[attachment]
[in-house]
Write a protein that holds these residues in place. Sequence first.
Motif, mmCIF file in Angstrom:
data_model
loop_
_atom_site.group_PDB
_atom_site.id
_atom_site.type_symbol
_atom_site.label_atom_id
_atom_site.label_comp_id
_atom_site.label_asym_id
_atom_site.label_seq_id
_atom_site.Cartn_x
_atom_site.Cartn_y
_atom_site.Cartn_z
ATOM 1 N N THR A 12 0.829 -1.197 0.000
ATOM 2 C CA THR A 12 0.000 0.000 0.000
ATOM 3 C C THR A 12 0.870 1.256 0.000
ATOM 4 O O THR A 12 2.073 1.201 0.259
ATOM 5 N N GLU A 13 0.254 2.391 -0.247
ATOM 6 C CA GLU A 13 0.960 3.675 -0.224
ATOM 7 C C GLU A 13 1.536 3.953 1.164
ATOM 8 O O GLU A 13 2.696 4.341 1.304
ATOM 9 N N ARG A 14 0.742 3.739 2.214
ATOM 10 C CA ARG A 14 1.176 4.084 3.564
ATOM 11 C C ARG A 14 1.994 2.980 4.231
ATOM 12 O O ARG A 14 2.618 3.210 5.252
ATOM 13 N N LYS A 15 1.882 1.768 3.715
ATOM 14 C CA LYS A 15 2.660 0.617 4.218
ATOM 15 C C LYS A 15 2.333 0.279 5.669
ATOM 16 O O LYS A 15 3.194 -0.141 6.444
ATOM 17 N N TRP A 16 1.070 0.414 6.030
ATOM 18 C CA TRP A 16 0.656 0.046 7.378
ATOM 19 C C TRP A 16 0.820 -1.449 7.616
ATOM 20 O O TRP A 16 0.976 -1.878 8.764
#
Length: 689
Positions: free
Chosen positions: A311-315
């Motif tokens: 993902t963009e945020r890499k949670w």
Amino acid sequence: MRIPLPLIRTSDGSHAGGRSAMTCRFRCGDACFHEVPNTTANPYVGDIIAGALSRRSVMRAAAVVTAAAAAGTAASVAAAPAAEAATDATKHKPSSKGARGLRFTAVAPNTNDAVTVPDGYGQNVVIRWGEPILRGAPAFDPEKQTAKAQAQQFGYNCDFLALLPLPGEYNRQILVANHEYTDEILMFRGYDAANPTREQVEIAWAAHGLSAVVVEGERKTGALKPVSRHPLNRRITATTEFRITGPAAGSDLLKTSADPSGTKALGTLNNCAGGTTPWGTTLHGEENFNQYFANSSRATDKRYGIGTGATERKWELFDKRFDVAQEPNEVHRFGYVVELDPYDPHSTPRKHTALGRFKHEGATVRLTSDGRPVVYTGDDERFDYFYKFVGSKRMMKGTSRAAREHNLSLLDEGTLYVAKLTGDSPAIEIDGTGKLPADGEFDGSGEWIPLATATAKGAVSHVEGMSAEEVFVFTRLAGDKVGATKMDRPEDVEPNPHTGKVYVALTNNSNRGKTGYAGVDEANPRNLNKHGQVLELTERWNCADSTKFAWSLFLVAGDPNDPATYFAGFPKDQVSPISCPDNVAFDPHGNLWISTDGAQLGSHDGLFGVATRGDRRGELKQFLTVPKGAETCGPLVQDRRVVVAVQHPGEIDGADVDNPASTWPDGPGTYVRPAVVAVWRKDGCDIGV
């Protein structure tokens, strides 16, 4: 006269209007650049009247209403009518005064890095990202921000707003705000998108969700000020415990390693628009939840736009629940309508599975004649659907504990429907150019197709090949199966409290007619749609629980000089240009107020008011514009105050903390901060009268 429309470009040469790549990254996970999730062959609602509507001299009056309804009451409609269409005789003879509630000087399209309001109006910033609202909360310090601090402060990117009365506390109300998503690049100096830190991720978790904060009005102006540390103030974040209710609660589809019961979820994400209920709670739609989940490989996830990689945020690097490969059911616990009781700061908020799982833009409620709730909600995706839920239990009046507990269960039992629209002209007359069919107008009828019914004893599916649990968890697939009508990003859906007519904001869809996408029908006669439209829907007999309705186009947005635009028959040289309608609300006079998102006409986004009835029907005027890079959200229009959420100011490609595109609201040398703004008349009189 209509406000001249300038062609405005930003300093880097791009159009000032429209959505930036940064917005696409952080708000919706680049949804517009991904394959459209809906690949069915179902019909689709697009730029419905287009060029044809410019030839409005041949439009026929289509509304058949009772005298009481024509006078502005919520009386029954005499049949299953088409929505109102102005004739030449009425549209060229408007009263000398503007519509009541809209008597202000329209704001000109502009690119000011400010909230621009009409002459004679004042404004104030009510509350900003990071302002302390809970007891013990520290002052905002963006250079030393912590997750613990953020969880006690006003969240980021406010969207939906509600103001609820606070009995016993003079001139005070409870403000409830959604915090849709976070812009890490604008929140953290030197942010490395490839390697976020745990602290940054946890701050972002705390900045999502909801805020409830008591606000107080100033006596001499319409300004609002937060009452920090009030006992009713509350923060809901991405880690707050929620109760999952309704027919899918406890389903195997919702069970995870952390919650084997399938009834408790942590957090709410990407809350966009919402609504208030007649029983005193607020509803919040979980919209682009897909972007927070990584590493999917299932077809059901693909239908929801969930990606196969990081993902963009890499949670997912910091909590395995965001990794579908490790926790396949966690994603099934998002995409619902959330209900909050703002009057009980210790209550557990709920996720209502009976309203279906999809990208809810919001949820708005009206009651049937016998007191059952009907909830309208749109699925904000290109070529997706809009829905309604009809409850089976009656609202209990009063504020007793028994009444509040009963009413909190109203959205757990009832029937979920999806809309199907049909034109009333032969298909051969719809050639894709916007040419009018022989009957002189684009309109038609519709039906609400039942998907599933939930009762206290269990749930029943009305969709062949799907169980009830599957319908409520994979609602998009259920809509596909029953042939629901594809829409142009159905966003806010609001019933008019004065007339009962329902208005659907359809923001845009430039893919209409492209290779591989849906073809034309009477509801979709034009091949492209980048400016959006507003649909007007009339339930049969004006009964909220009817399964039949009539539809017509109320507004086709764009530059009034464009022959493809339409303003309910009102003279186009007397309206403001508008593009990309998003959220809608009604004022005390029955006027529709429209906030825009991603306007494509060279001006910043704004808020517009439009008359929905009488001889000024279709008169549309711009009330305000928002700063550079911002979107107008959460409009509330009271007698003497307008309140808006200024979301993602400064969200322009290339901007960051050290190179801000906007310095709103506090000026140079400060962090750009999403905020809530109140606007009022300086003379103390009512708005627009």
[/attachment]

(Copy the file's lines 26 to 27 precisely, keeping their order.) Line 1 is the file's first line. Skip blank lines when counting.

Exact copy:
ATOM 11 C C ARG A 14 1.994 2.980 4.231
ATOM 12 O O ARG A 14 2.618 3.210 5.252